Q. Why are you engaged in architecture?
||In the atelier in Oyodo, Osaka,
26 people are pursuing their architectural dreams.
A. Architecture involves working with other people,
so an architect can't simply become absorbed in his own world
like other types of artist. However, if he's swamped by everyday
demands and forgets his own drive for personal expression, he
will lose his raison d'être. Even if he enters a design
competition, the probability of losing is overwhelmingly high.
Thinking about it, there's no other profession like architecture,
in which the rewards don't always correspond to effort. Nonetheless,
I've been pursuing this career for over thirty years. This is
because I love architecture. This profession has been irresistibly
fascinating for me.
Q. What is it about architecture
that's so fascinating?
A. It always provides opportunities
for new encounters and discoveries. Take the project of the Fondation
d'Art Contemporain François Pinault, for example. For that project,
I studied the history of Paris' transformation since the nineteenth
century, and considered the construction of the Eiffel Tower and
the consequent raising of the curtain on the age of iron. I also
reviewed the development of the "Grands Projets" along the Seine,
reflecting on the significance of the river, and analyzing current
social conditions. In this way, I make myself aware of every issue
I can think of around the problem at hand. This is how I begin
my architectural studies, pursuing discoveries, seeking the answers
to questions, and engaging in ongoing, abstract dialogues with
the histories, cultures, and societies of various places.
In the process of realizing a building, there also needs
to be down-to-earth discussions with many people. Clients, consultants,
construction companies, workers on the site, and all kinds of
technicians contribute to the project. In architecture, unless
we communicate effectively with others, we can't get the project
done. With overseas projects in particular, I get quite exhausted
just from the effort involved in coordinating the views of the
different teams and unifying them into one. Nonetheless, I learn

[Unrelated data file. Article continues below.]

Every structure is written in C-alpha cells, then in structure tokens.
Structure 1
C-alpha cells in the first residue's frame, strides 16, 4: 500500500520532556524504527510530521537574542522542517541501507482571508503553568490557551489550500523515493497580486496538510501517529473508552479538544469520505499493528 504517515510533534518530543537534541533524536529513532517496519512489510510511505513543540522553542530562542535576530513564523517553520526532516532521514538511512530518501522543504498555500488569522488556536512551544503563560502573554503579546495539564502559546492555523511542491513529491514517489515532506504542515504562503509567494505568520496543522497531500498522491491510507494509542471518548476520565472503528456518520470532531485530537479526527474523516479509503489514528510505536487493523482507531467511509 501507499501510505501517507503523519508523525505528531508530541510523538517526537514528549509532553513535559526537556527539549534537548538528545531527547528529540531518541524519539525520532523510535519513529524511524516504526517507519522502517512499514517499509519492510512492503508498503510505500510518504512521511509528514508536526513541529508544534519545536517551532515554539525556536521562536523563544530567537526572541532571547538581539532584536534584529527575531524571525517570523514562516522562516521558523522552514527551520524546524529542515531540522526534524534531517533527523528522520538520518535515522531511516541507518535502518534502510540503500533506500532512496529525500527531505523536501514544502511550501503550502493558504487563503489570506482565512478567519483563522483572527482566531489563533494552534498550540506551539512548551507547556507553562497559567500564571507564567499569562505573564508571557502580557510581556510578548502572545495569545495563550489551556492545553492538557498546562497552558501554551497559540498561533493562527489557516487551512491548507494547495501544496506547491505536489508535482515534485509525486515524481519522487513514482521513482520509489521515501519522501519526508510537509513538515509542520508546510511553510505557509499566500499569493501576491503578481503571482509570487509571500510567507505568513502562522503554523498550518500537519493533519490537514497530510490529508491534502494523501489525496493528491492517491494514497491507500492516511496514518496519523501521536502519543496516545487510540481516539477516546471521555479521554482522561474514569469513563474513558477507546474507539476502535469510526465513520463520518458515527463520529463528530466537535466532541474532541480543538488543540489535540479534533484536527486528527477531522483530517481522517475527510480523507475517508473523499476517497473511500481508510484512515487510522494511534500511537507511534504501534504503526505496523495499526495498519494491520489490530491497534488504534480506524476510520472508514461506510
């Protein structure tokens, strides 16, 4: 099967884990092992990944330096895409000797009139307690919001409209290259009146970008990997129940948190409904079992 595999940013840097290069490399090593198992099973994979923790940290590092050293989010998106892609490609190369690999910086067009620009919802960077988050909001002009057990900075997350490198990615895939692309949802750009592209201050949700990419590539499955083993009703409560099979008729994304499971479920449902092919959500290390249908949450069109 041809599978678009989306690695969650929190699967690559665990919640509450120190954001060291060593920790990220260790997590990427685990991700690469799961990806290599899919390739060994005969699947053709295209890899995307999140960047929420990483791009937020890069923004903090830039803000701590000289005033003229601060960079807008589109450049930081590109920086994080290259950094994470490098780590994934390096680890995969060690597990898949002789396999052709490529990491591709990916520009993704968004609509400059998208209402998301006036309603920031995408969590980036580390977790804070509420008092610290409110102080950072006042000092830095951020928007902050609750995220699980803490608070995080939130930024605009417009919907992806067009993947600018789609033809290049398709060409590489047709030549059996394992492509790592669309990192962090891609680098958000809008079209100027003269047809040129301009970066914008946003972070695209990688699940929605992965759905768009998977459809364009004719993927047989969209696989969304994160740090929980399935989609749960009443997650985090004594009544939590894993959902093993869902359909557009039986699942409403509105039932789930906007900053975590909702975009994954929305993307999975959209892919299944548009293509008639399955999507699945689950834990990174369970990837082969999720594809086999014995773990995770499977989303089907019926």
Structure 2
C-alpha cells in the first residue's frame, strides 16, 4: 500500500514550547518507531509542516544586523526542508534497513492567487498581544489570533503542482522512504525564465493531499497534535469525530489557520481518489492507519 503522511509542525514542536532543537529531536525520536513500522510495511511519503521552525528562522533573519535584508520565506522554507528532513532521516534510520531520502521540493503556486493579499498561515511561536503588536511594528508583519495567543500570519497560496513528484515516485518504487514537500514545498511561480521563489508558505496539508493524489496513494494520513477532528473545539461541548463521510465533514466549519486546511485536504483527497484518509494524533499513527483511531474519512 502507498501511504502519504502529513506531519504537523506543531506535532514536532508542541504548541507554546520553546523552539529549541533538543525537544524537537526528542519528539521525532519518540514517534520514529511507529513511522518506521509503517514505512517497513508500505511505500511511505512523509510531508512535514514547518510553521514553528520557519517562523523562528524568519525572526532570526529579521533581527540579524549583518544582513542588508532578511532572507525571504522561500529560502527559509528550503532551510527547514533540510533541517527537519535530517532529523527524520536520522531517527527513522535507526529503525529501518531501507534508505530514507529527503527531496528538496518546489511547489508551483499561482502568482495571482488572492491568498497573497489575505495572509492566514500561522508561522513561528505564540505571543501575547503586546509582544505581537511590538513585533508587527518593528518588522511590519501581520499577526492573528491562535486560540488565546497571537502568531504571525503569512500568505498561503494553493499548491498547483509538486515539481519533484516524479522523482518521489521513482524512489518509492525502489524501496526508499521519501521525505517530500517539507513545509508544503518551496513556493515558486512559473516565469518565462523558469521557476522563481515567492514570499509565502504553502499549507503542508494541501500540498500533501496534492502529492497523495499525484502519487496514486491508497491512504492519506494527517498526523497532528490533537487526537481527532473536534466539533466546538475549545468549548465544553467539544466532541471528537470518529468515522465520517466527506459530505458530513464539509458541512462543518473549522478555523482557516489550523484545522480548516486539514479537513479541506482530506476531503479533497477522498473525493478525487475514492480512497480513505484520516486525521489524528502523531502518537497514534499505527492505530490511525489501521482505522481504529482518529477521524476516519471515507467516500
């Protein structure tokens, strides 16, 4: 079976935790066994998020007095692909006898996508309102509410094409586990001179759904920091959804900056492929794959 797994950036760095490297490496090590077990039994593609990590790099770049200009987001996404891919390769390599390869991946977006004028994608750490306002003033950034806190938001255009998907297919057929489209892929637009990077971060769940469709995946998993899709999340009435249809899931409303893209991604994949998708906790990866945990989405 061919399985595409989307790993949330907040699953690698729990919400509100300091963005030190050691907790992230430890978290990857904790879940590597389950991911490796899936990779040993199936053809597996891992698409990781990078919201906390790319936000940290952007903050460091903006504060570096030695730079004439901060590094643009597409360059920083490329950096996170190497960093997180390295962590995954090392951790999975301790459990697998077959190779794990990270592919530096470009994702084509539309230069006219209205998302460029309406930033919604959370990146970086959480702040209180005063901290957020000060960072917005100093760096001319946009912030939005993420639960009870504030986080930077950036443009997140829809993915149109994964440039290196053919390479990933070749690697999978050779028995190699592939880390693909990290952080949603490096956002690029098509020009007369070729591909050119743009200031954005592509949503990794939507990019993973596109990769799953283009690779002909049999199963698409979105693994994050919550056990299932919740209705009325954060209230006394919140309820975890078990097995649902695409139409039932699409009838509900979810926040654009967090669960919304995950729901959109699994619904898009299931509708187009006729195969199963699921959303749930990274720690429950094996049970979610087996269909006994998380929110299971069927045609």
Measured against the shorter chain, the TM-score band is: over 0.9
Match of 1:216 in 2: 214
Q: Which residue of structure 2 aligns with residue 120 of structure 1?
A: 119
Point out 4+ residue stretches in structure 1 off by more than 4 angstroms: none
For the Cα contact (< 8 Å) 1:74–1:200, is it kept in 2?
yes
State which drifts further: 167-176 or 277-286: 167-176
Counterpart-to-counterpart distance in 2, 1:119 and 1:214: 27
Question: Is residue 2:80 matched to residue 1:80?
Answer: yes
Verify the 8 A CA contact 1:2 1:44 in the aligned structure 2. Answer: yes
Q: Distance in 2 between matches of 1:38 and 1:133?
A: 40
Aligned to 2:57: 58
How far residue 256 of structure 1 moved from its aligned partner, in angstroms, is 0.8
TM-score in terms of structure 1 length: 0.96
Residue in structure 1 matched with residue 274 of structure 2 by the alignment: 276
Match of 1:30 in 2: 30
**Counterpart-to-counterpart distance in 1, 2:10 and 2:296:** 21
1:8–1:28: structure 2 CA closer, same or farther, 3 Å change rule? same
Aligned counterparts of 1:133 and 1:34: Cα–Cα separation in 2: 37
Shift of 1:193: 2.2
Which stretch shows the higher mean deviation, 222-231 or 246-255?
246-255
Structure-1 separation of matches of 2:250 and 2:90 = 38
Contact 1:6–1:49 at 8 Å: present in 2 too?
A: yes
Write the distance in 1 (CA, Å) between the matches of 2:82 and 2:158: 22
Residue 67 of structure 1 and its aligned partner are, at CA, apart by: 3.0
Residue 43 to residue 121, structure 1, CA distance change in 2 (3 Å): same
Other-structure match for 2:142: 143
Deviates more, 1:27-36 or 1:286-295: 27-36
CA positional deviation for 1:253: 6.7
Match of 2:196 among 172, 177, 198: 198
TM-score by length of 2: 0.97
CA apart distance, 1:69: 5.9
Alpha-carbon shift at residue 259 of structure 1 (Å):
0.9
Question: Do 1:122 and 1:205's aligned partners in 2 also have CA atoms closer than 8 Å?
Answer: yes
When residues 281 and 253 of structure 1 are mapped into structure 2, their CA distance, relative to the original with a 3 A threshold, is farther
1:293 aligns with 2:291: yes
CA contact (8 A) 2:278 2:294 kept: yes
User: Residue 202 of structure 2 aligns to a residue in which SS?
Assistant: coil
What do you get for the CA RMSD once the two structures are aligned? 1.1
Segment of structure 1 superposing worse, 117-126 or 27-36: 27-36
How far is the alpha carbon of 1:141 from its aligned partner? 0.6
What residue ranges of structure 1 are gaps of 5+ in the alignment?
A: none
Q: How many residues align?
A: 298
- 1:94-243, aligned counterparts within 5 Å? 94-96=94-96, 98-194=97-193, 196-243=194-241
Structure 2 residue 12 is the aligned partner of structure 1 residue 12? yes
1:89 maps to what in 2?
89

a lot from these discussions, and they sometimes produce unexpected
Q. What does Osaka, or the Kansai region, mean
A. Perhaps because it's where
I was born and spent my impressionable twenties, you could say
this place is my origin. For instance, in the 1960s, there was
a space called Gutai Pinacotheca in Nakanoshima, Osaka.
It was a base for the Gutai art movement --- a group of avant-garde
artists led by Jiro Yoshihara, and which included such people
as Kazuo Shiraga and Sadamasa Motonaga as members. They pioneered
what we now call performance art --- one running around on the
banks of the river in Ashiya, with another releasing balloons
into the air... Anyway, it presented me with a series of stimulating
experiences, and made me wonder if what they were doing was really
art. Another memorable place was a café called G-Sen ---
or G-string --- on Center Street in Sannomiya, Kobe. Its
interior was designed by Yoshio Hayakawa, and it was another of
the Kansai region's cultural hotspots, frequented by such people
as the graphic designers Ikko Tanaka, Tsunehisa Kimura, and Tadanori
Yokoo. Looking from a distance at these people working so energetically,
I also tried to find a path for myself. The time I spent in Osaka
was the most fascinating and stimulating.
Also, it was the people of Kansai who, after I started my
own architectural office, gave me opportunities to design. Many
courageous people put their energy behind my bold endeavors and
shared my dreams. The climate of Kansai has made me what I am
Q. Why do you continue
to stay in the Kansai region?
A. One reason is that there
are things one can never grasp unless you keep working in a particular
place and a particular context. In my case, most of the projects
I've been involved with are located around Osaka. They're concentrated
in the region that stretches along the old Yamato River, where
the Sayamaike Historical Museum and the Chikatsu-Asuka Historical
Museum are located, to Osaka Bay and the Inland Sea. Their proximity
was not intended, but in pouring my energy into each project,
I've developed my own ideas about the relationship between the
city and architecture, or between place and architecture.
Also, it's the city of Osaka which is the subject of my
proposals for urban spaces. For example, my project for the Osaka
Station area involves arranging freely-accessible roof gardens
on the high-rise buildings around the station, and our project
for Nakanoshima, which should be regarded as a key area in Osaka,
is to renovate the island as a bastion of culture. I am currently
planning such things as a floral exposition on the banks of the
Okawa River, where Osaka is still remembered as a city of waterways.
These proposals were generated of my own accord without any particular
clients, so I don't know if they'll be realized or not. Nonetheless,
I want to tackle these projects with the same passion I give to
everything else. After all, the city of Osaka is the place where
I live as an architect.
. photo_Daichi Ano
. translation_Shoko Yamashita, Andrew Barrie